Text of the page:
This story first appeared on the Slatewebsite and is reproduced here as part of the Climate Desk collaboration.
In 2004, Lyndon Rive was in an RV on his way to Burning Man when his cousin gave him five words of advice: “You should look into solar.” The way Rive tells it, it sounds a little like Mr. McGuire in The Graduate telling Dustin Hoffman to think about plastics.
Except that Rive’s cousin is Elon Musk. And Musk’s runic advice has led to a $5 billion business that is reshaping how Americans get their electricity.
The knock on electric cars has always been the same: They’re great for the environment, but they're pokey and impractical, and nobody wants to buy one. The stunning success story of the Tesla Model S has, improbably, flipped that equation. It’s blazingly fast, surprisingly practical, and everyone wants to buy one. But now some critics are asking: How green is it, really?
The quick answer: If current trends hold, it could be pretty darn green in the long run. But as of today, the calculation isn’t as straightforward as you might think. Depending on whom you ask, what assumptions you make, and how you quantify environmental impact, the answer could range from “greener than a Prius” to “as dirty as an SUV.” And where the Tesla falls on that spectrum depends to a surprising extent on where you live and how much you drive it.
Electric cars are squeaky clean, of course, in the sense that they don’t burn gas. With no engine, no gas tank, and no exhaust, they’re considered to be zero-emissions vehicles. But there’s more to a vehicle’s environmental impact than what comes out of the tailpipe. The Tesla doesn’t run on air. It runs on electricity, which in turn is generated from a range of different sources, from nuclear fission to natural gas to the darkest, dirtiest fossil fuel of them all: coal.
So if you’re going to stack a Tesla’s per-mile emissions against those of a gas-powered vehicle, you’ll need to start by looking at the composition of the electrical grid. Nationally, the grid is roughly 40 percent coal, 25 percent natural gas, 20 percent nuclear power, and about 10 percent renewable sources, led by hydroelectricity. So it’s fair to say that your average Tesla is powered in large part by burning fossil fuels.
Climate scientists have estimated that, in order to avoid runaway global warming, the world would need to cut its carbon emissions roughly in half by 2050. Since emissions in developing countries like China and India are still rising fast, meeting this target would require developed nations to aim for a figure more like 80 percent. When you consider that the United States, the largest polluter in the developed world, has no real strategy in place to achieve that -- and that no binding international agreements appear to be on the horizon -- the goal can start to sound nigh impossible.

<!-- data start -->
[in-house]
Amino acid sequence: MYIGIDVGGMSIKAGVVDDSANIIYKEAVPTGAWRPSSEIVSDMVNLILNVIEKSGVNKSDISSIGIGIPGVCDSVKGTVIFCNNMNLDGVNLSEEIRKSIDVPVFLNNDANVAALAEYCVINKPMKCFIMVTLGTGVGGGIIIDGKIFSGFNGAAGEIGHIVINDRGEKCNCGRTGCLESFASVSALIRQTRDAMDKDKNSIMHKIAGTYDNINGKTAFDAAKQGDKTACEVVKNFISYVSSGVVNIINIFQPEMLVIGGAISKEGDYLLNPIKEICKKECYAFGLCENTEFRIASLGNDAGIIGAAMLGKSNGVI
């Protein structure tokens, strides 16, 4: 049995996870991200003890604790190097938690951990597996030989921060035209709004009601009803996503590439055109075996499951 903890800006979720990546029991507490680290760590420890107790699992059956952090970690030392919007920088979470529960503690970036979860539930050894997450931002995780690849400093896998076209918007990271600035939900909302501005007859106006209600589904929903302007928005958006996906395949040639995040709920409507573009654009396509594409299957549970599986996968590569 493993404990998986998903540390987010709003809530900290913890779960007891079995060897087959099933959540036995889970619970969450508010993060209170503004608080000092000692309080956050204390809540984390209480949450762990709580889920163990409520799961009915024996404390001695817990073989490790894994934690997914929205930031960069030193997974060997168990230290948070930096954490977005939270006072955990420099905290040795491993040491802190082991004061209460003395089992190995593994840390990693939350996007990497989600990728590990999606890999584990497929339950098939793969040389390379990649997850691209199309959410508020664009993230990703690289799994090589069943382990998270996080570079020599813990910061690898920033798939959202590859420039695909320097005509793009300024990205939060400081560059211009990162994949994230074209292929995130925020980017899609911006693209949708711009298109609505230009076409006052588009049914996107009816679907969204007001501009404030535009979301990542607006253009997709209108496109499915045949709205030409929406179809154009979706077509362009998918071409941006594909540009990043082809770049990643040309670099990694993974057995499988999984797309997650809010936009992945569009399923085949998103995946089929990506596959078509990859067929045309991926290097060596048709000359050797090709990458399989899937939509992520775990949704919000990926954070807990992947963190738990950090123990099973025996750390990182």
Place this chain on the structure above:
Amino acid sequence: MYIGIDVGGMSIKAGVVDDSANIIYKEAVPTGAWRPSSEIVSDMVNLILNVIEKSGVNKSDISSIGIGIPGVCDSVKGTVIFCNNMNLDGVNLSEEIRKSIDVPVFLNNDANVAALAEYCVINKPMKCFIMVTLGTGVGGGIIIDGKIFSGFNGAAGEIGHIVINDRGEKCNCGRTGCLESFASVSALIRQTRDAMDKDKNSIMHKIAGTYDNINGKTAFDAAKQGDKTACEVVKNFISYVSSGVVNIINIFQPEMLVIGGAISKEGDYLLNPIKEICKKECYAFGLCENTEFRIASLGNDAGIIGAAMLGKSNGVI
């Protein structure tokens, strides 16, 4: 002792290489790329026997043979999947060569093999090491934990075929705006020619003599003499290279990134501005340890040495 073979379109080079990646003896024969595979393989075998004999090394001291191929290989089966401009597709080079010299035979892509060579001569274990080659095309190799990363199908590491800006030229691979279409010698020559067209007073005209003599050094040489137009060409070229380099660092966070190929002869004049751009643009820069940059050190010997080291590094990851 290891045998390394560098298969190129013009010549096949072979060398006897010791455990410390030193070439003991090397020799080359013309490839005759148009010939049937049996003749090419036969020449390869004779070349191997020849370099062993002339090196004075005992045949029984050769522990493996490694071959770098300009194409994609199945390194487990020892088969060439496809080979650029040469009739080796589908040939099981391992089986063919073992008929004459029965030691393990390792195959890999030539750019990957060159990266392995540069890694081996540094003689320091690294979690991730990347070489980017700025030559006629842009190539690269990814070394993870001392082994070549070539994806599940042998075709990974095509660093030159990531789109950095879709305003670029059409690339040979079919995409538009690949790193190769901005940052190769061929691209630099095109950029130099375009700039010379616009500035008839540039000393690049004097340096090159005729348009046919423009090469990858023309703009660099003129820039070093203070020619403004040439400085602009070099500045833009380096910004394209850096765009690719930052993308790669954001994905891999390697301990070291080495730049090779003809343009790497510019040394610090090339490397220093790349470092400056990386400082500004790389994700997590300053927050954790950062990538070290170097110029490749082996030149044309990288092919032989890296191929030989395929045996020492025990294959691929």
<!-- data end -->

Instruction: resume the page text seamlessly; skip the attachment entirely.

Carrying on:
The task is so intimidating that even serious people are starting to entertain extreme-sounding geoengineering ideas like flying business jets into the stratosphere and spraying sulfuric acid all over the place to try to deflect sunlight before it reaches the Earth. Others reckon it’s already too late to prevent catastrophic warming -- we’ll have to build sea walls and hope for the best. President Obama alluded to a possible cap-and-trade system in Tuesday’s State of the Union address, but few believe such a sweeping policy would pass Congress.
Yet in a report released on Thursday, the nonprofit Urban Green Council makes the case that the country’s largest population centers needn’t rely on a federal breakthrough. Specifically, the 51-page report, titled “90 by 50,” finds that New York City could slash its emissions by a whopping 90 percent by 2050 without any radical new technologies, without cutting back on creature comforts, and maybe even without breaking its budget.
That’s a far more aggressive target than even the city’s own relatively ambitious goal of reducing emissions by 30 percent by 2030. How is it possible? The strategy has plenty of familiar components -- electrifying the transit system, converting to renewable power sources. But it all hinges on one seemingly mundane yet surprisingly potent move: retrofitting almost every building in the city to keep the heat in during the winter and out during the summer. In a nod to Rudy Giuliani, Bill Bratton, and James Q. Wilson, I’ll call it the “triple-pane-windows theory” of greenhouse-gas reduction.